I'm new here, so hello.
Anyway, I work as a Recreation Therapist for troubled teens at a Presbyterian Residential Facility. My job entails running activities with these children and using these activities to build social skills, resilience and self-esteem. Only one co-worker knows a hint of my non-religious nature (and that's because I tried to date her....HUGE MISTAKE, NEVER DATE A FUNDAMENTALIST, this was a very influential part of my life that should be saved for another thread).
Prayer is a huge part of my every day routine at work. Most of the time, I just bow my head and be respectful when they ask to pray. When they ask me to pray, I always pass. Some of the children ask why I never pray when I run activities or why I don't say prayers out loud. I usually brush off these questions as 'they are not my thing'.
The institution is a private facility, so I do not dare share my opinions, or object to any policy for fear of losing my job or being ostracized. My boss is a strict right wing conservative who thinks that Obama is a muslim foreigner (yeah, one of those). A pastor comes two days a week to run a Bible study group for the kids, and I wish so bad that I could run it and point out all the flaws, supernatural nonsense, contradictions, absurdities, sexism, murder, rape, I could go on.
The fact is that I put up with this every day, and for fear of losing my job, I keep my mouth shut. There are plenty more situations that bother me, but I will stop here.
Beyond the religious part of my job, I like it very much. Working with kids from diverse backgrounds and helping them learn to become stable adults is a fulfilling job. I was just wondering if anyone here has had the same experience as I have, or experiences these practices while at the workplace. Any ideas on how to cope with these people?
Anyways, thanks for reading. Your thoughts are appreciated, and its good to be able to talk with people who choose not to believe in fairy tales.
Nice to have you on the site!
No haven't had that experience. Just be grateful that you aren't a 50 year pastor with a large congregation that just figured out that religion is bunk.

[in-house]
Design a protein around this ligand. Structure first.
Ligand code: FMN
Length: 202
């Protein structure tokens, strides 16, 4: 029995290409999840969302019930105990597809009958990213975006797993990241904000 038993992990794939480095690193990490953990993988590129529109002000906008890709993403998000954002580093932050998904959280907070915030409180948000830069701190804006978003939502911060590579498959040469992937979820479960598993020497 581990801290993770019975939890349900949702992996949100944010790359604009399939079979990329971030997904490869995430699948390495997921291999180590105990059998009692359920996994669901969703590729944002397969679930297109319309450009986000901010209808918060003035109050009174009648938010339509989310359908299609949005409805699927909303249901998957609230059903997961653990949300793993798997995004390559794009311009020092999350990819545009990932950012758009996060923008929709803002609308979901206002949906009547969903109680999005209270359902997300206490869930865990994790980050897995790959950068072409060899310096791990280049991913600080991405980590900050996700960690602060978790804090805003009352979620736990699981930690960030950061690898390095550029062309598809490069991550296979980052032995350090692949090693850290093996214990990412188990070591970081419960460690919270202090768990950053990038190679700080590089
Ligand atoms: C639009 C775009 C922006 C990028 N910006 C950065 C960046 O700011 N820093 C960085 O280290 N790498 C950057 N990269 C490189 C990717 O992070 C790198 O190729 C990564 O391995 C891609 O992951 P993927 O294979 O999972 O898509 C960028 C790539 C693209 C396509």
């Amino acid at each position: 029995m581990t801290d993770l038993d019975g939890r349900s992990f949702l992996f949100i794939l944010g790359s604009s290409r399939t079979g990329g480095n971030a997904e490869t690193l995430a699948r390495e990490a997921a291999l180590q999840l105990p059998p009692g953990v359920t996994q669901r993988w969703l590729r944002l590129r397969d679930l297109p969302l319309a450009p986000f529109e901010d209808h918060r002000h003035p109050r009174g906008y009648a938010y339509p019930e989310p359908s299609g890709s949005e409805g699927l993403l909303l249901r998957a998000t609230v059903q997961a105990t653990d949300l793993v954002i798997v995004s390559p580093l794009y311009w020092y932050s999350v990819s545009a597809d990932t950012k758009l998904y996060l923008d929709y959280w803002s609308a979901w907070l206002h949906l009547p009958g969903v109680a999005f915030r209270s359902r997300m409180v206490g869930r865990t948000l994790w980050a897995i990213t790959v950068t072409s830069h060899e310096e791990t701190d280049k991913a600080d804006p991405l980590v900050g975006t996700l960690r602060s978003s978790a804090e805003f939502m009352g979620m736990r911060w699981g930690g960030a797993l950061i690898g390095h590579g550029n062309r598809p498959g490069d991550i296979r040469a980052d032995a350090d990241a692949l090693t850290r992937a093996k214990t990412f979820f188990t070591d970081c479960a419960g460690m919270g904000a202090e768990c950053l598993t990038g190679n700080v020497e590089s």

Yes, fortunately I learned to reason and look past irrational fears and emotional crutches at a young age. Haha
I couldn't imagine being so deep into religion that I spread it or try to convert people, then making the 180 back the other direction. There would have to be some major epiphanies involved, as well as a catalyst for the initial doubt.
People who spend lots of time and energy prostheletizing* others, and seeking converts to their faith are trying to convince themselves that their own beliefs are TRUE via a variant of argumentum ad popularum (it's true because it's widely believed/other people believe it). I think it shows uncertainty that their beliefs are true.
Sometimes, this doesn't work to maintain their own faith, and the person who was converting others ceases to see the Truth in those teachings, and either changes to a different belief/set of teachings, or they back away from religion altogether. Then, they have a new belief system (or lack of one) to prostheletize* the same people with over again - with a new vigour.
* Definition: prostheletize - verb - To beat others over the head with the crutch of religion.
Hi-- I can understand everything you are saying about your job frustration. I'm sure you already know the answer, and it is what you are doing-- just avoid the relifious stuff as much as you can and eventually hope for a job where you can be yourself. I live in a community and extended family of fundamentalist Christians, and it is much the same, I would imagine. I just look the other way and don't participate in prayers and so on. I don't let them "catch" me disagreeing out loud with their beliefs, but I'm sure my silence is a strong hint. Yet there's nothing they can prove, in your situation or mine. The difference is that i COULD tell them what I really believe, but for you your job would be in jeopardy, and you don't want to do that until you have another direction. It would be great if you could find a secular organization that needed your services. And please forgive me for stating nothing but the obvious!